Political, Social And Economic Effects Of The Mexican-American War

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Long Essay Question

Primarily speaking, the Mexican-American war marked the first U.S. fortified conflict that was predominantly fought on foreign soil. In reality, this war is one of the exemplifying moments in the history of the American west. It contrived a political divide between the militarily unskilled Mexico and the expansionist-minded supervision of U.S. President James K. Polk, who asserted that the United States had ‘a right to expand its territory over the whole of North America and to extend and enhance its political, social, and economic influences,” to spread across the continent to the Pacific Ocean, otherwise known as manifest destiny. A border combat along the Rio Grande began the fighting and was tailed by a series of U.S. …show more content…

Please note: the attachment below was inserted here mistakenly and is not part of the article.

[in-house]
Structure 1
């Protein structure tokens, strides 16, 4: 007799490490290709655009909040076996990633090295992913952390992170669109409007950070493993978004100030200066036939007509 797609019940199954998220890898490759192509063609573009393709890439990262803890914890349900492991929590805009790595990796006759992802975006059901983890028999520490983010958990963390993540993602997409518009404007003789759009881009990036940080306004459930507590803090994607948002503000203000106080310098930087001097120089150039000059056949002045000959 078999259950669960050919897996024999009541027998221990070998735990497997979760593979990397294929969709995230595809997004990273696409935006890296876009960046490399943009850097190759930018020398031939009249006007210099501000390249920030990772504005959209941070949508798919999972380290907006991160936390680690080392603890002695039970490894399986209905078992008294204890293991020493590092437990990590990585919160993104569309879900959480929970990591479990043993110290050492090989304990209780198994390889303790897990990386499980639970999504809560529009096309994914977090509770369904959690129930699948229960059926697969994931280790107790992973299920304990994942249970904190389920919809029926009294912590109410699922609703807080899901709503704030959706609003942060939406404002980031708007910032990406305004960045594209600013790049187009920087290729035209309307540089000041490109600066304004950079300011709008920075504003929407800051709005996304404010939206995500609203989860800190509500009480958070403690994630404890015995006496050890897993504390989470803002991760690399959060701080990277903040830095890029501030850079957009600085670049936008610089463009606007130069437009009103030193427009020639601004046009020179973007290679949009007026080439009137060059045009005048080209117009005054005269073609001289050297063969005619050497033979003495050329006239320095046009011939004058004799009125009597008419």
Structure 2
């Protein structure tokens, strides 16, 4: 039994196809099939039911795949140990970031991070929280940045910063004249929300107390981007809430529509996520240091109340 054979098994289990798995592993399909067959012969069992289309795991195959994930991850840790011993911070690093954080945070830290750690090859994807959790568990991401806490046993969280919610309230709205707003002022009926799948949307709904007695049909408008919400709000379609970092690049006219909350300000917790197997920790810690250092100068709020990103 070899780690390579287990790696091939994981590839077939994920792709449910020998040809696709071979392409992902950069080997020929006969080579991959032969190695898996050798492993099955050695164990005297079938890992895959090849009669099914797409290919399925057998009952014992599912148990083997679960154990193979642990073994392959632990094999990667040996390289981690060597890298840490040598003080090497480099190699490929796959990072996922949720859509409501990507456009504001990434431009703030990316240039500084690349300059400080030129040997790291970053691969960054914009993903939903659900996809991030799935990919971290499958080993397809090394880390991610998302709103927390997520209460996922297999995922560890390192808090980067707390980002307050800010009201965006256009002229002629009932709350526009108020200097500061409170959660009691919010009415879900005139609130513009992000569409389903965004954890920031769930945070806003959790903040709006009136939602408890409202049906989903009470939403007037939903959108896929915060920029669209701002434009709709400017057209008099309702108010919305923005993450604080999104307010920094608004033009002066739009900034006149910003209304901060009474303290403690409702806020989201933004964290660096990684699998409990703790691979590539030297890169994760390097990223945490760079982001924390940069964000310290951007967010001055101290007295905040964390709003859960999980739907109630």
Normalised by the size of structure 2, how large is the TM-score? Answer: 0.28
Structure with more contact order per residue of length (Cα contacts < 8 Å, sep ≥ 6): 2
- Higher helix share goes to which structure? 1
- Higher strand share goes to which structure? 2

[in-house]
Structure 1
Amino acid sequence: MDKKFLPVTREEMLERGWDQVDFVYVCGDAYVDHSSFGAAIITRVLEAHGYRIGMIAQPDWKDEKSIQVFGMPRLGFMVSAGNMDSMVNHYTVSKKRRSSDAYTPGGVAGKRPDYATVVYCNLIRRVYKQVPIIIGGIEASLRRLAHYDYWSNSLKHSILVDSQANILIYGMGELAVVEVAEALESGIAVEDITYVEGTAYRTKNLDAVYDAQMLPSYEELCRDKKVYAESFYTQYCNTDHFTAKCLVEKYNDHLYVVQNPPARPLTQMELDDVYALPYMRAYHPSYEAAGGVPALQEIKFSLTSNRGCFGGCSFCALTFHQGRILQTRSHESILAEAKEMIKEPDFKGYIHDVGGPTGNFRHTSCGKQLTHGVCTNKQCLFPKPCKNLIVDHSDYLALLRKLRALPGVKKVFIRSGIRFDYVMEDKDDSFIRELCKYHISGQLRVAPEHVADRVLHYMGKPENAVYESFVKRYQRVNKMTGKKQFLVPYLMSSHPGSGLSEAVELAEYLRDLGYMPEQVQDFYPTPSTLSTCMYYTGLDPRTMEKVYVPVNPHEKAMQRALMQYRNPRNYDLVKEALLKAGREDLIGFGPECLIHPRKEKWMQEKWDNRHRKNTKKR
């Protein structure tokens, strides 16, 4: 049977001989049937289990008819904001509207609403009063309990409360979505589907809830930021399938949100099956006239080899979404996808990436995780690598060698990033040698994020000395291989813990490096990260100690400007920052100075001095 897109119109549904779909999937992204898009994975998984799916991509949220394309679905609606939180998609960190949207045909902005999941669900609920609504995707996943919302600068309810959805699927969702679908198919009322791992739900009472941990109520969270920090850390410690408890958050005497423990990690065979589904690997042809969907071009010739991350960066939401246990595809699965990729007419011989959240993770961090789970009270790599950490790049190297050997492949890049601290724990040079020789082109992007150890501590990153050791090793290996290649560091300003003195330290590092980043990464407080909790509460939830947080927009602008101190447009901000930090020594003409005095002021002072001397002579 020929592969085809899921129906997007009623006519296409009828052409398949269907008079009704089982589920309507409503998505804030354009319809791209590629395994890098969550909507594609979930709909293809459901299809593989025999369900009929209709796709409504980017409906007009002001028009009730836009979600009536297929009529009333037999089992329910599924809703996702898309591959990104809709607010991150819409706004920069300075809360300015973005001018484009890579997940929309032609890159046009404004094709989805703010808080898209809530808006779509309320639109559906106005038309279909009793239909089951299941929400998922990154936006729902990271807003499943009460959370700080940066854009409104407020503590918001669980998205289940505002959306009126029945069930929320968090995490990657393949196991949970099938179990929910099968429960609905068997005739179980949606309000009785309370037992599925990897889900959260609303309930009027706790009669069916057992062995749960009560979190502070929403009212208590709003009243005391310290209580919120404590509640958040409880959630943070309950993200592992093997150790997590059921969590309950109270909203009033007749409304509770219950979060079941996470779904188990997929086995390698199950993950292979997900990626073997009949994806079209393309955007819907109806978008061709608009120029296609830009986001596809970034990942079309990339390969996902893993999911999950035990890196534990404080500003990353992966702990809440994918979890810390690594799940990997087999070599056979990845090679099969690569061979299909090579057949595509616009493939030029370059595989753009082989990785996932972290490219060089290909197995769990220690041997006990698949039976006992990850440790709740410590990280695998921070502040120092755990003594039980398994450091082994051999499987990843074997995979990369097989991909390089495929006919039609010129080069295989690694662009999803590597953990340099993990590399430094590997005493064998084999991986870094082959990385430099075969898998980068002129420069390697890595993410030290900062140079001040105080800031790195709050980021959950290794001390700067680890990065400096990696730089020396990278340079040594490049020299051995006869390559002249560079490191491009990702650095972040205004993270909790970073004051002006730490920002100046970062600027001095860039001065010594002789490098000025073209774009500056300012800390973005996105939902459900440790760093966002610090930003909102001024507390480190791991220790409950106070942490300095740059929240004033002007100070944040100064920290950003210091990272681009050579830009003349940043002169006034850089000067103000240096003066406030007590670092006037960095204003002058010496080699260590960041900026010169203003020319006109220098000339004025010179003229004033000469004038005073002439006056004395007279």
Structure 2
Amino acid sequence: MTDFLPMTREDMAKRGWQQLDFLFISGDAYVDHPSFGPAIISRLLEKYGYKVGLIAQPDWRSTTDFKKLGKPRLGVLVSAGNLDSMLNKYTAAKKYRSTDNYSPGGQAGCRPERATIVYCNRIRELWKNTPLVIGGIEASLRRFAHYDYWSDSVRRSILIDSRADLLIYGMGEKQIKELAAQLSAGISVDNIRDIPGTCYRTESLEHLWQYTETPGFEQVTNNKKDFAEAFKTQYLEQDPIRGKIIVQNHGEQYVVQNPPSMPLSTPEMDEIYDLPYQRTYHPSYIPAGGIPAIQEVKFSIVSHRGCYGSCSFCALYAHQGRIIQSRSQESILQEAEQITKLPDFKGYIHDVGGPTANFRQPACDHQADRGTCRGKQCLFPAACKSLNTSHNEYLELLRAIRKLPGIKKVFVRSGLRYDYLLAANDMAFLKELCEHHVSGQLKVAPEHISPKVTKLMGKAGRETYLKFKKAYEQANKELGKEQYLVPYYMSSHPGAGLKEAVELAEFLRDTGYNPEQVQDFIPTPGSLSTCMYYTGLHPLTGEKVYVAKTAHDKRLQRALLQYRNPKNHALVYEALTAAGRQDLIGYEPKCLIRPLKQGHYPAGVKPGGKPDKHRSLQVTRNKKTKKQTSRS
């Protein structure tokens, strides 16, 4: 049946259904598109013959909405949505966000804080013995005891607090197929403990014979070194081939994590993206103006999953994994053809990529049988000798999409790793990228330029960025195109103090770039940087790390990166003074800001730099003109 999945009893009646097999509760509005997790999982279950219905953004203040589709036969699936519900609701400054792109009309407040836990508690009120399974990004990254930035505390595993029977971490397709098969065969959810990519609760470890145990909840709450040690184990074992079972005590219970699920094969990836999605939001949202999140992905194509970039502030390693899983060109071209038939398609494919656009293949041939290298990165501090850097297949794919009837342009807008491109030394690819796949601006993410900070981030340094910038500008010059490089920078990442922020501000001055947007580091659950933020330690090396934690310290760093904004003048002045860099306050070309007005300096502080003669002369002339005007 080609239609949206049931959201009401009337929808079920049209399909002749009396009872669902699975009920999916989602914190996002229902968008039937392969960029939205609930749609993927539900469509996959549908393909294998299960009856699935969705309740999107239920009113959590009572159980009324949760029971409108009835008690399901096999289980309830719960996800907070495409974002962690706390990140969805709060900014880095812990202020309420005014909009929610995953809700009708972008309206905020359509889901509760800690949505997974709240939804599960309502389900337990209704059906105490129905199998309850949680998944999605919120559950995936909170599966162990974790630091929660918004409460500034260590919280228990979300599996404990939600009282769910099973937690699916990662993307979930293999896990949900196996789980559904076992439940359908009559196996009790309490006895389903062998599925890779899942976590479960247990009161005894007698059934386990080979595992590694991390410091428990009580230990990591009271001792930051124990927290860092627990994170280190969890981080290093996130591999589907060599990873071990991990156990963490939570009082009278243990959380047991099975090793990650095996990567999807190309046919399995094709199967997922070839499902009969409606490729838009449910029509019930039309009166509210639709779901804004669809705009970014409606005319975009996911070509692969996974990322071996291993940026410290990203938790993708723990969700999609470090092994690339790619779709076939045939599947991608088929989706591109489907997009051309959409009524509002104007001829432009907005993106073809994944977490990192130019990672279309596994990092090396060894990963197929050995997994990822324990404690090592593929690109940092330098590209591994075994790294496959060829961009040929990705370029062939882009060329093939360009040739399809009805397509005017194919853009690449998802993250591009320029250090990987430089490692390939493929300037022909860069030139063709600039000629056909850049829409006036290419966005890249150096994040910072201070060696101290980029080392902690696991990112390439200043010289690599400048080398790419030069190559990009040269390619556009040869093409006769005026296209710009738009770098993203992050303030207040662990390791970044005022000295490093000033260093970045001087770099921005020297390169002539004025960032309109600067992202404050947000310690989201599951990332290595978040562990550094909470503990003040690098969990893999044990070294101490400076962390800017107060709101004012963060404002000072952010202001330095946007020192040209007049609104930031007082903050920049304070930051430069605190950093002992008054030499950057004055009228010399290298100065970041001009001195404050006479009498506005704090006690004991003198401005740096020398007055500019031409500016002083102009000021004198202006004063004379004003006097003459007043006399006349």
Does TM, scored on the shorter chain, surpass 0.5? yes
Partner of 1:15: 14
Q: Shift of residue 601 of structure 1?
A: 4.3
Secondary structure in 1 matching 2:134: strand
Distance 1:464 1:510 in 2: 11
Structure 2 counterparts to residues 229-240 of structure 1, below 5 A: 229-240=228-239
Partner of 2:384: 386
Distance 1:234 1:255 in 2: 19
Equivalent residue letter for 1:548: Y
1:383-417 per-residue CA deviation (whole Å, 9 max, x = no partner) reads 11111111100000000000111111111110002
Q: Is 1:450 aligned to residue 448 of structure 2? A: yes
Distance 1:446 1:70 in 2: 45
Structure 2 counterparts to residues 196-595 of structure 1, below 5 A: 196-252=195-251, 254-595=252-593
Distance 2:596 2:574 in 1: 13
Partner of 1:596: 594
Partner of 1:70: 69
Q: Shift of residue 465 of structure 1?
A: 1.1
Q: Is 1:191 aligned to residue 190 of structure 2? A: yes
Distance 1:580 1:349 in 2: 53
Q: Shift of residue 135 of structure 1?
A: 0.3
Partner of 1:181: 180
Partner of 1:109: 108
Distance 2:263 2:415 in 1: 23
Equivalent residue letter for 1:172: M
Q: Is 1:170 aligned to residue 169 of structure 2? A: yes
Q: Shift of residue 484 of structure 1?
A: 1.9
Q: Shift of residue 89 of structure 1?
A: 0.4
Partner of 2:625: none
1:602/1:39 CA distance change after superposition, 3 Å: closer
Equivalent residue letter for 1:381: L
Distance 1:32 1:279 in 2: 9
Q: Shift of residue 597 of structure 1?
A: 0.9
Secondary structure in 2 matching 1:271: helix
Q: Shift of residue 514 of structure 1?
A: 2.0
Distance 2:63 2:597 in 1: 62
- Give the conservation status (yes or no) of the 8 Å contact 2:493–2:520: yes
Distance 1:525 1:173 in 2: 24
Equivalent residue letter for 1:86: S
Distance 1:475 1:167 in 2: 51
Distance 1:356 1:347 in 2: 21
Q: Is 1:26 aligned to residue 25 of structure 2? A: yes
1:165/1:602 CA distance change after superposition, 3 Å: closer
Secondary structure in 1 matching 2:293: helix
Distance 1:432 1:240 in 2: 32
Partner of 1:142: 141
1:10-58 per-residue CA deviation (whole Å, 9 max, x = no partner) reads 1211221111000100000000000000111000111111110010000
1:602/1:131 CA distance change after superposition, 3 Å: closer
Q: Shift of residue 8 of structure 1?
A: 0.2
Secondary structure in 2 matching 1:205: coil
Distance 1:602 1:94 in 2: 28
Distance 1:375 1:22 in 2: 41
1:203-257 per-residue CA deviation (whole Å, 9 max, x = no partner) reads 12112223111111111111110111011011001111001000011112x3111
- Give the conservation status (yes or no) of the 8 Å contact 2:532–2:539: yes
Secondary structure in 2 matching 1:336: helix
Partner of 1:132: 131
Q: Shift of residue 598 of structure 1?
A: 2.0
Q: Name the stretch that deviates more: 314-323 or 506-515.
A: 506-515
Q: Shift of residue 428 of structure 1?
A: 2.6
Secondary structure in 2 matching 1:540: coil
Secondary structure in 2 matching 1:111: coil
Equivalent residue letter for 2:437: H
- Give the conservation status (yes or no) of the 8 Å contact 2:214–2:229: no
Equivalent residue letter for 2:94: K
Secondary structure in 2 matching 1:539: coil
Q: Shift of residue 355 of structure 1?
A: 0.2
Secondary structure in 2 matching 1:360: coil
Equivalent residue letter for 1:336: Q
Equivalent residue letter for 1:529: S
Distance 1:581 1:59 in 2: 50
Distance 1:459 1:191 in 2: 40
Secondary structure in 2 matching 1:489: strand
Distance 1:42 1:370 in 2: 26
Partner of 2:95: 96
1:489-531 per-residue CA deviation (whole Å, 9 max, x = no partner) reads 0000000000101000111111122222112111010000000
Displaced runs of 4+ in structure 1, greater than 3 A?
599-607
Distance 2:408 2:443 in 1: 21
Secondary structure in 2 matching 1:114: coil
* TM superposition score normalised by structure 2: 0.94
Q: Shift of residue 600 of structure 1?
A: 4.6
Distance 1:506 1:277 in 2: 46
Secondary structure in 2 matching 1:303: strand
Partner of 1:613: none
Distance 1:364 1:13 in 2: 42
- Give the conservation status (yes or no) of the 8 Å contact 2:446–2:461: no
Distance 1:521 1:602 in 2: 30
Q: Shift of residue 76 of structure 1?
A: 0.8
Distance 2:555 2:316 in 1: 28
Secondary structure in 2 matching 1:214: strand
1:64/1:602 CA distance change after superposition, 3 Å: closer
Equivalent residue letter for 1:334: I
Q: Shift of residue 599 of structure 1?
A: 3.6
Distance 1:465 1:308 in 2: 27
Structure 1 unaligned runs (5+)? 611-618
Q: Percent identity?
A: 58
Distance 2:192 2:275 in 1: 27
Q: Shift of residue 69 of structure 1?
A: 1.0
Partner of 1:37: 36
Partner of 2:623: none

He maintained these benefits to be the paramount goal of westward expansion, and affirmed they would be acquired regardless of the state’s political stance. So, it can be discernibly surmised that the Mexican-American war expedited the American’s notion of conquering Texas and growing as a nation; that the bulk of this geographical growth was attained from the South; in which they hoped to earn a large sum of lands in order to utilize as farms that would be soon packed with slave labor. Most notably, the war indeed fabricated a social and geographical divide between the North and South because there was a raging debate over the land’s political status, and whether new lands are to be admitted as free or slave states. The Missouri Compromise originally settled this dispute by having all land from the Louisiana Purchase above Missouri free states and everything below it to be slave states. But new land from the Mexican-American war compelled the question again, free or slave? The Wilmot Proviso was an attempt to mold the land all free; but in the end, the Compromise of 1850 made California a free state, Texas slave, and the rest popular sovereignty. Thus, the war marked a significant turning point in the raging debate over slavery in that it not only fabricated a large divide of America, but also that it allowed people to create opinions of their own regarding this hot mess that would later demonstrate a struggle between two parts of the

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